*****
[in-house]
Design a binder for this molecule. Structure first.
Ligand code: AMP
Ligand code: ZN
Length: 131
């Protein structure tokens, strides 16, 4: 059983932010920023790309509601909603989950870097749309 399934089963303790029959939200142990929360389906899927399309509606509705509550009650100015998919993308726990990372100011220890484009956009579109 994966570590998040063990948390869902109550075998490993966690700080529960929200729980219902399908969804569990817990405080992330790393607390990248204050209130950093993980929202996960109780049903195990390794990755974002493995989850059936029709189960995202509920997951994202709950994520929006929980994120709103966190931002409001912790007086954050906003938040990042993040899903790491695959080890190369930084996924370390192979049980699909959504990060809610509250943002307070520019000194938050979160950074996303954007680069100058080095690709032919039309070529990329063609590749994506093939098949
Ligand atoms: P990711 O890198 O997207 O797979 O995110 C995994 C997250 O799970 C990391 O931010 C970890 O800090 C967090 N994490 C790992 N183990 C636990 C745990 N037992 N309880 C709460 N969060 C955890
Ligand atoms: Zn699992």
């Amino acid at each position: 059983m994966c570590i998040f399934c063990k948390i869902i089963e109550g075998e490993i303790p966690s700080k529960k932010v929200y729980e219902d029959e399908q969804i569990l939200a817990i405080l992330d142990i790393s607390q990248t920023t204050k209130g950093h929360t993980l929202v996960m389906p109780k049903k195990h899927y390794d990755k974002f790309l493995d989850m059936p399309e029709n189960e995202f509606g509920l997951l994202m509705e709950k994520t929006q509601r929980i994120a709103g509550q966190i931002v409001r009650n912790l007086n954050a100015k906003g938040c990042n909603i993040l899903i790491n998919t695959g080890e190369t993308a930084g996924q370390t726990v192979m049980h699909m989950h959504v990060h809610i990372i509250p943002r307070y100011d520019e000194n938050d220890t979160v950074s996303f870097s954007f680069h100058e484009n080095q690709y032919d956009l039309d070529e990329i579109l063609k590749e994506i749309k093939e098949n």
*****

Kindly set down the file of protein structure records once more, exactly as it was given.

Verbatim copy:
[in-house]
Design a binder for this molecule. Structure first.
Ligand code: AMP
Ligand code: ZN
Length: 131
């Protein structure tokens, strides 16, 4: 059983932010920023790309509601909603989950870097749309 399934089963303790029959939200142990929360389906899927399309509606509705509550009650100015998919993308726990990372100011220890484009956009579109 994966570590998040063990948390869902109550075998490993966690700080529960929200729980219902399908969804569990817990405080992330790393607390990248204050209130950093993980929202996960109780049903195990390794990755974002493995989850059936029709189960995202509920997951994202709950994520929006929980994120709103966190931002409001912790007086954050906003938040990042993040899903790491695959080890190369930084996924370390192979049980699909959504990060809610509250943002307070520019000194938050979160950074996303954007680069100058080095690709032919039309070529990329063609590749994506093939098949
Ligand atoms: P990711 O890198 O997207 O797979 O995110 C995994 C997250 O799970 C990391 O931010 C970890 O800090 C967090 N994490 C790992 N183990 C636990 C745990 N037992 N309880 C709460 N969060 C955890
Ligand atoms: Zn699992």
């Amino acid at each position: 059983m994966c570590i998040f399934c063990k948390i869902i089963e109550g075998e490993i303790p966690s700080k529960k932010v929200y729980e219902d029959e399908q969804i569990l939200a817990i405080l992330d142990i790393s607390q990248t920023t204050k209130g950093h929360t993980l929202v996960m389906p109780k049903k195990h899927y390794d990755k974002f790309l493995d989850m059936p399309e029709n189960e995202f509606g509920l997951l994202m509705e709950k994520t929006q509601r929980i994120a709103g509550q966190i931002v409001r009650n912790l007086n954050a100015k906003g938040c990042n909603i993040l899903i790491n998919t695959g080890e190369t993308a930084g996924q370390t726990v192979m049980h699909m989950h959504v990060h809610i990372i509250p943002r307070y100011d520019e000194n938050d220890t979160v950074s996303f870097s954007f680069h100058e484009n080095q690709y032919d956009l039309d070529e990329i579109l063609k590749e994506i749309k093939e098949n």